Date of Award
Master of Science (MS)
Learning Technologies and Media Systems
Richard Kordel, D.Ed.
Digital information is omnipresent, and access is almost unavoidable. Technology advances and comes at us in waves that take over and then tend to linger. iGen is the first generation to be born into this advanced technology and the state of constant “plugged-inness” to the Internet. iGen has not experienced a different, predominantly analog, world, but baby boomers, generation X, and millennials – many of whom now use Internet-connected technology heavily – can attest to how they have changed as it integrated into their lives. Along with many other areas of life, learning has also changed with technological progress. From analog learning to digital – pre-iGen generations can describe the difference. Having not experienced the transition and therefore being unable to describe the difference, how does iGen learn, what does it learn based on the way it learns, and who drives and inspires iGen to learn more, and what are some traits that iGen and millennials share? This autoethnographic research seeks to examine iGen, millennials, pop culture, learning, technology, and the Internet with the purpose of assessing and helping to assess how iGen’ers learn information using technology based on whom they learn from, while also attempting to take a closer look at and at least begin to answer these questions. Keywords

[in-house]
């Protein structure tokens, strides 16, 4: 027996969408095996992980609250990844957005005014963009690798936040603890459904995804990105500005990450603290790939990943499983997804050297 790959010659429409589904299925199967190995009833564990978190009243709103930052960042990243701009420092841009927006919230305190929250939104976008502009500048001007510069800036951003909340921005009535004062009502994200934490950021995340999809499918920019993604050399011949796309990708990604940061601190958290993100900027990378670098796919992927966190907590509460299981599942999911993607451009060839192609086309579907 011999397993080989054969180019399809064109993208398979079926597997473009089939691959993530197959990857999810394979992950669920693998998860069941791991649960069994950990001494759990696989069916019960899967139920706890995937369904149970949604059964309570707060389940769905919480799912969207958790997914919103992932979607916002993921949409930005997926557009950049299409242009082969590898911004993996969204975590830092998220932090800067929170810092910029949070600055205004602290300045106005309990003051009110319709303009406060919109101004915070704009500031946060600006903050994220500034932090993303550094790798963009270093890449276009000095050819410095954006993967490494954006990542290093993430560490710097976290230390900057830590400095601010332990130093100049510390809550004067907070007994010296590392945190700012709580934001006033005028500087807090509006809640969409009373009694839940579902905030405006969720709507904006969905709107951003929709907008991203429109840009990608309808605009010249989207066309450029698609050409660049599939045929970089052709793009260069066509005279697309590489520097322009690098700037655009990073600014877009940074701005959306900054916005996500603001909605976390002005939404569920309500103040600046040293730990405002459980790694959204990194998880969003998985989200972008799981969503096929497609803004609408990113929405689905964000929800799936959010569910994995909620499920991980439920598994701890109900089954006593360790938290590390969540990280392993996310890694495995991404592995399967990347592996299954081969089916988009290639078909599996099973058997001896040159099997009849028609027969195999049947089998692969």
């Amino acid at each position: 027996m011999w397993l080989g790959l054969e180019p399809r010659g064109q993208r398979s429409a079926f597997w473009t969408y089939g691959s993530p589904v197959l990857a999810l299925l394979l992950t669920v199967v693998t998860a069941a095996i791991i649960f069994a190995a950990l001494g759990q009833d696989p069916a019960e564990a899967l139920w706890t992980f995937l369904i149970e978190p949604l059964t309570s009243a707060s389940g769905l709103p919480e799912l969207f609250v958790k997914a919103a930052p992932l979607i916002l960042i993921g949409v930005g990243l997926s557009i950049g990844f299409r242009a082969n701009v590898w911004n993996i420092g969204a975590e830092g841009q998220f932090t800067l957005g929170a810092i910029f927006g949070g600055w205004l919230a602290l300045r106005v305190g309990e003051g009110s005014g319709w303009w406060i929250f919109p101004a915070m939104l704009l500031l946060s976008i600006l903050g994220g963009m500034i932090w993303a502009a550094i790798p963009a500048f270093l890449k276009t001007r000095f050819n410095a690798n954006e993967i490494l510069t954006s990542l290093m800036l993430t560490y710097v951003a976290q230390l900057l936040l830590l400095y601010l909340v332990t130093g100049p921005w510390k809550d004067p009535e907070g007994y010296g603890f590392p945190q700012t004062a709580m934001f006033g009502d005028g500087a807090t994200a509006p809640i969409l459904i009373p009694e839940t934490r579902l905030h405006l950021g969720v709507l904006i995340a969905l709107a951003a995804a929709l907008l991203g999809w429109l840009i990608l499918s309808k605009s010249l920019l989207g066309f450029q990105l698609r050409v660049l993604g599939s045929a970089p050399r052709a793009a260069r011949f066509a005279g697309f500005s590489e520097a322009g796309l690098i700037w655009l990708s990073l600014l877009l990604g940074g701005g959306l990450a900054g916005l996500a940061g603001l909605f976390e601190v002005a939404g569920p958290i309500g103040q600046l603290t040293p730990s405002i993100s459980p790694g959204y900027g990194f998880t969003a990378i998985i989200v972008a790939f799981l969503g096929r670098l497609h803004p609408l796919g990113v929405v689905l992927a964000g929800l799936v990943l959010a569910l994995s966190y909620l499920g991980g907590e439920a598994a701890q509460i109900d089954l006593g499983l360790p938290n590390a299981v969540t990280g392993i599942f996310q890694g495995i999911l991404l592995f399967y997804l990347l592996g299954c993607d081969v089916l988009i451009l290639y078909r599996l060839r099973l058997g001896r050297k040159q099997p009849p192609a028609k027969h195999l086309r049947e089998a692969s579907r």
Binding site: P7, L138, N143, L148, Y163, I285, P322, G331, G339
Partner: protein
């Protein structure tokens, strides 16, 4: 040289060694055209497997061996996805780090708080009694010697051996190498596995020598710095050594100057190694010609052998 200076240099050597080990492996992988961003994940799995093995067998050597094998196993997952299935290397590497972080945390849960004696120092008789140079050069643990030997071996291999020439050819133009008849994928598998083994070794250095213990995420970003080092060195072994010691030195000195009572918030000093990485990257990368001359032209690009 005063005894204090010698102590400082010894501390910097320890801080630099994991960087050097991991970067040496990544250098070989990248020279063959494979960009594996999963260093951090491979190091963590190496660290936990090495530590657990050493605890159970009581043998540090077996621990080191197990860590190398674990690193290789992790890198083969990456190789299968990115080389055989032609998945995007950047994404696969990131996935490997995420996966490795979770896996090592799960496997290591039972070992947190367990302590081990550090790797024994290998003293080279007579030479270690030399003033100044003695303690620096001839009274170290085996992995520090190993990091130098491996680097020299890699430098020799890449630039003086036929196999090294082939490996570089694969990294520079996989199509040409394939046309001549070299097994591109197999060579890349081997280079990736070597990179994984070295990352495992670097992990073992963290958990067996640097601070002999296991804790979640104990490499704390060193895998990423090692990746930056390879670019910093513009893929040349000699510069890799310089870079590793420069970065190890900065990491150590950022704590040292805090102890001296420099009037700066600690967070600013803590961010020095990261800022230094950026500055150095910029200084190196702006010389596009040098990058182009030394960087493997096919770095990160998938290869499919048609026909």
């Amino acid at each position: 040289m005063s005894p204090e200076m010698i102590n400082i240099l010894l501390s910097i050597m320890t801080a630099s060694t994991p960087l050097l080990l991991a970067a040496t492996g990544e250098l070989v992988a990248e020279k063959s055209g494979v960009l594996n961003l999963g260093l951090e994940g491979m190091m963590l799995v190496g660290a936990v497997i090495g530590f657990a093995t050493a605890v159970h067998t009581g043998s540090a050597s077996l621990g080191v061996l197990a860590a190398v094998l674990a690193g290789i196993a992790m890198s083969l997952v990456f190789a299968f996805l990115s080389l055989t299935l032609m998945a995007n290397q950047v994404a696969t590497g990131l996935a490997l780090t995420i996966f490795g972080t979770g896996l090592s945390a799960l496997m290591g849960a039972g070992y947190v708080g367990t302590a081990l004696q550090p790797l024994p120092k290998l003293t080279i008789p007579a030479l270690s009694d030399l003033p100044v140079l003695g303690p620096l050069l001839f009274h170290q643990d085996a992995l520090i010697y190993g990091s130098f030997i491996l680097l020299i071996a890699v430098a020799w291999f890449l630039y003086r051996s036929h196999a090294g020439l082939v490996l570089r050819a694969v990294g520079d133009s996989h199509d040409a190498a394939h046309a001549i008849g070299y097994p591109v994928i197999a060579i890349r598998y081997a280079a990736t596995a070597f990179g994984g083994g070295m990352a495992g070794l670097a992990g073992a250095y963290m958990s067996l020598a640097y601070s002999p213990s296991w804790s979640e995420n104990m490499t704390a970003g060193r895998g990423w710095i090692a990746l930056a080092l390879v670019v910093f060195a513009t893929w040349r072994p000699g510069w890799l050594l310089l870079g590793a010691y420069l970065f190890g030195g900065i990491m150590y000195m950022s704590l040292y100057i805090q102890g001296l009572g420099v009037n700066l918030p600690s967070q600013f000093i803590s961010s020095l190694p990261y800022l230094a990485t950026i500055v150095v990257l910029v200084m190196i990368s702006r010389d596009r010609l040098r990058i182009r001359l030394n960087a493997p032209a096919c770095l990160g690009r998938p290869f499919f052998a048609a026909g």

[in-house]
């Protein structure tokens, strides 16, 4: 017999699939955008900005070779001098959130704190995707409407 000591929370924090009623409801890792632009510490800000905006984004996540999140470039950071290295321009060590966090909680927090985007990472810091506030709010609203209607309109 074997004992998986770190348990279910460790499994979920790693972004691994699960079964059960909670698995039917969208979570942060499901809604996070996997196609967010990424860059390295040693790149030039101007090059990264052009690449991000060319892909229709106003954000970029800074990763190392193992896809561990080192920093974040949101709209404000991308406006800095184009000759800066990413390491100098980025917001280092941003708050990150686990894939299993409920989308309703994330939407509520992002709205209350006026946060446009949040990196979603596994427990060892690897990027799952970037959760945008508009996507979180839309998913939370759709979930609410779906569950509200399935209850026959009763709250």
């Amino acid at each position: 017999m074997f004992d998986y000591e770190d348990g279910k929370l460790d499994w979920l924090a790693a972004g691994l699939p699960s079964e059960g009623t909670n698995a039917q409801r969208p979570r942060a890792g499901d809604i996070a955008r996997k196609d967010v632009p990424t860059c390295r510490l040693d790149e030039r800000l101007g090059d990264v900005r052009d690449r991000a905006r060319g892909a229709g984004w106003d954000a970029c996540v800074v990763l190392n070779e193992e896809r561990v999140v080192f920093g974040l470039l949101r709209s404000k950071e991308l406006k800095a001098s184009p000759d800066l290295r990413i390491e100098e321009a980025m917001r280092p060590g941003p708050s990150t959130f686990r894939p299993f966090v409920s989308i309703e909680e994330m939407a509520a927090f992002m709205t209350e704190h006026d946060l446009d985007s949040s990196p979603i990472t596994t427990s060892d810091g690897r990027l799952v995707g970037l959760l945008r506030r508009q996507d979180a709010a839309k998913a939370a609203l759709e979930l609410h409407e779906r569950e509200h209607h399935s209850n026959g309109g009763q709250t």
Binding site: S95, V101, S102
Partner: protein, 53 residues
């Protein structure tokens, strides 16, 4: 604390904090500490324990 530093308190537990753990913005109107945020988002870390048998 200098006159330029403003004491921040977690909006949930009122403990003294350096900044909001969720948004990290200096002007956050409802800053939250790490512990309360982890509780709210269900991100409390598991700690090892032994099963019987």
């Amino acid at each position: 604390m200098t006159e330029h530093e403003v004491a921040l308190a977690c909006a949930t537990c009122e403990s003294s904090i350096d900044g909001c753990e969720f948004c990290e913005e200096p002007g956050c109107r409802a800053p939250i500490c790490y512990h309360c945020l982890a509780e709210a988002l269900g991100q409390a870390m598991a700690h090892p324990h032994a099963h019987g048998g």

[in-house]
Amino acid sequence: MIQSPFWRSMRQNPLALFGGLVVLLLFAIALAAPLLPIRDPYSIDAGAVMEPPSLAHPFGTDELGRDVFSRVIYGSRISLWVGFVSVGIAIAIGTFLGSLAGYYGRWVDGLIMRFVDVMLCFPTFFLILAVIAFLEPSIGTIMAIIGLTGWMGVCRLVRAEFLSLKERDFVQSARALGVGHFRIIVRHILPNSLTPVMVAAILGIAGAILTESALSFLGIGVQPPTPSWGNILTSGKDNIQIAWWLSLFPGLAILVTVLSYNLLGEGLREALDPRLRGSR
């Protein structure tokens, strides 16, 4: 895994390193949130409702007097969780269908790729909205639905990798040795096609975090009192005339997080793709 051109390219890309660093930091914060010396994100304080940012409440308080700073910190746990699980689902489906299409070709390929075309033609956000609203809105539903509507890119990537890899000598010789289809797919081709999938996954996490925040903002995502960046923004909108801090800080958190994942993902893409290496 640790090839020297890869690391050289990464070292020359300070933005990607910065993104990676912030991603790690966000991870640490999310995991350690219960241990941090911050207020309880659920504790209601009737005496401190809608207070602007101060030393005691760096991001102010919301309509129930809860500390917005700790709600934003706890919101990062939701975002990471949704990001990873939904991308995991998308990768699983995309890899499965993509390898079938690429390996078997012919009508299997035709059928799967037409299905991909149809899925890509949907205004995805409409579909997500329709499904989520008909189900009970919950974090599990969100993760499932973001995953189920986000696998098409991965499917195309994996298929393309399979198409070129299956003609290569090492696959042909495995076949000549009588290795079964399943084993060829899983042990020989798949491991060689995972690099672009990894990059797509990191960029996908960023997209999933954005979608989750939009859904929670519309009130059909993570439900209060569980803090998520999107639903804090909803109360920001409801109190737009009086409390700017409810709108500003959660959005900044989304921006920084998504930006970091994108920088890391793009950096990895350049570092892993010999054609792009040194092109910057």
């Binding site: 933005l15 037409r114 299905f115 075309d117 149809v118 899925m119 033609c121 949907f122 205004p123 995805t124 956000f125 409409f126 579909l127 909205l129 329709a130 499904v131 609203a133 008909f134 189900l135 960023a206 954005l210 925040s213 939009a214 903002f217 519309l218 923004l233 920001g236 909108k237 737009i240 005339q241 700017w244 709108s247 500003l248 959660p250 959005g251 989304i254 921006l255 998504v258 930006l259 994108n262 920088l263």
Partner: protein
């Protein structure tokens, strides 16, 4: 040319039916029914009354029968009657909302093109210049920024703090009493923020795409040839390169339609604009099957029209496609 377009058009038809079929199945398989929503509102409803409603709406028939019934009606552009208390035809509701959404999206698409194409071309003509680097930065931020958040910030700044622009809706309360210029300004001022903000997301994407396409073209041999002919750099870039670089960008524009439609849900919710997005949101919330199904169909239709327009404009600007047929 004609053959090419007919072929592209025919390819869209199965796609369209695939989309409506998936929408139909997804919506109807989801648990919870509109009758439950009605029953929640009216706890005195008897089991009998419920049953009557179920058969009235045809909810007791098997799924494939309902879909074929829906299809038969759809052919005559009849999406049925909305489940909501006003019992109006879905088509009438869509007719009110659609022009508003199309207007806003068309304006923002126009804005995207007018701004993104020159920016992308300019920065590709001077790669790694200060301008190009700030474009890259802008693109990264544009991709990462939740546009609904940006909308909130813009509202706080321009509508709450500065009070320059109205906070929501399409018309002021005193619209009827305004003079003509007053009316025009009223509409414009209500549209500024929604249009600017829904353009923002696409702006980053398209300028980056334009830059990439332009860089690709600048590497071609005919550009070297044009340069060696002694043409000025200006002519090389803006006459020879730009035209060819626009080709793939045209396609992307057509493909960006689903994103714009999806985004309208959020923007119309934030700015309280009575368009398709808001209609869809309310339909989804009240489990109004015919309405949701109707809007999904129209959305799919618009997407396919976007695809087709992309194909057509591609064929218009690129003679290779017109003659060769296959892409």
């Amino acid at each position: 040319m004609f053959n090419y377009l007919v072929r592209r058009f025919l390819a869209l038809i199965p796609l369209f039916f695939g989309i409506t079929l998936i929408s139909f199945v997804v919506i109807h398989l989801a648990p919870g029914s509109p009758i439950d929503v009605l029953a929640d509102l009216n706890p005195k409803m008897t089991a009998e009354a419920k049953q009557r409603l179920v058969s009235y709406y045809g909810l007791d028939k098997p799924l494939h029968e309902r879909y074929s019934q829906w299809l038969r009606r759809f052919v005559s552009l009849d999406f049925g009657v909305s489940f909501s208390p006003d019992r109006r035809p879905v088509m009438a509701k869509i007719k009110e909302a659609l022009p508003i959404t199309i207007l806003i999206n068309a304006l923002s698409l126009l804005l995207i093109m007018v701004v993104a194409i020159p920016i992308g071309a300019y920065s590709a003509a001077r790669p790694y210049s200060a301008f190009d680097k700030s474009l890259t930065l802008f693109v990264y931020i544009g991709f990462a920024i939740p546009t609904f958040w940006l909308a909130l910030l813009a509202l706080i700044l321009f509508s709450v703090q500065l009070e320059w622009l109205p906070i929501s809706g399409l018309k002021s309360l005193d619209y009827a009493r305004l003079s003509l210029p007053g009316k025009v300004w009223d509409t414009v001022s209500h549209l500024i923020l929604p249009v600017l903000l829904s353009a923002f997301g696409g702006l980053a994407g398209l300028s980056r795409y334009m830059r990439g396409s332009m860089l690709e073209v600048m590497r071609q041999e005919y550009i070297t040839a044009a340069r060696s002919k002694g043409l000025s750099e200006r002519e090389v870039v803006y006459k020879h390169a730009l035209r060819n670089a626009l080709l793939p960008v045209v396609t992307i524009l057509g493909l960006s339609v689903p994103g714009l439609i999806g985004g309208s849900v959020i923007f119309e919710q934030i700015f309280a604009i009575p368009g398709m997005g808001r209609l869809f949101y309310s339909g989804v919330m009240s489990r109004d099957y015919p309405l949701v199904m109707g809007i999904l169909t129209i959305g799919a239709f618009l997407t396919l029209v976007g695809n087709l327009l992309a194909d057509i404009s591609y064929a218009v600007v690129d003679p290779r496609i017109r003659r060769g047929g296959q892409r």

Goss, Y. D. (2020). How Does How We Learn Influence What We Learn and From Whom We Learn: The Case of iGen, Twitter, BTS ARMY, and Learning with Technology. Retrieved from https://digitalcommons.harrisburgu.edu/ltms_dandt/1
Communication Technology and New Media Commons, Critical and Cultural Studies Commons, Educational Psychology Commons, Instructional Media Design Commons, Mass Communication Commons, Online and Distance Education Commons, Social and Philosophical Foundations of Education Commons, Social Media Commons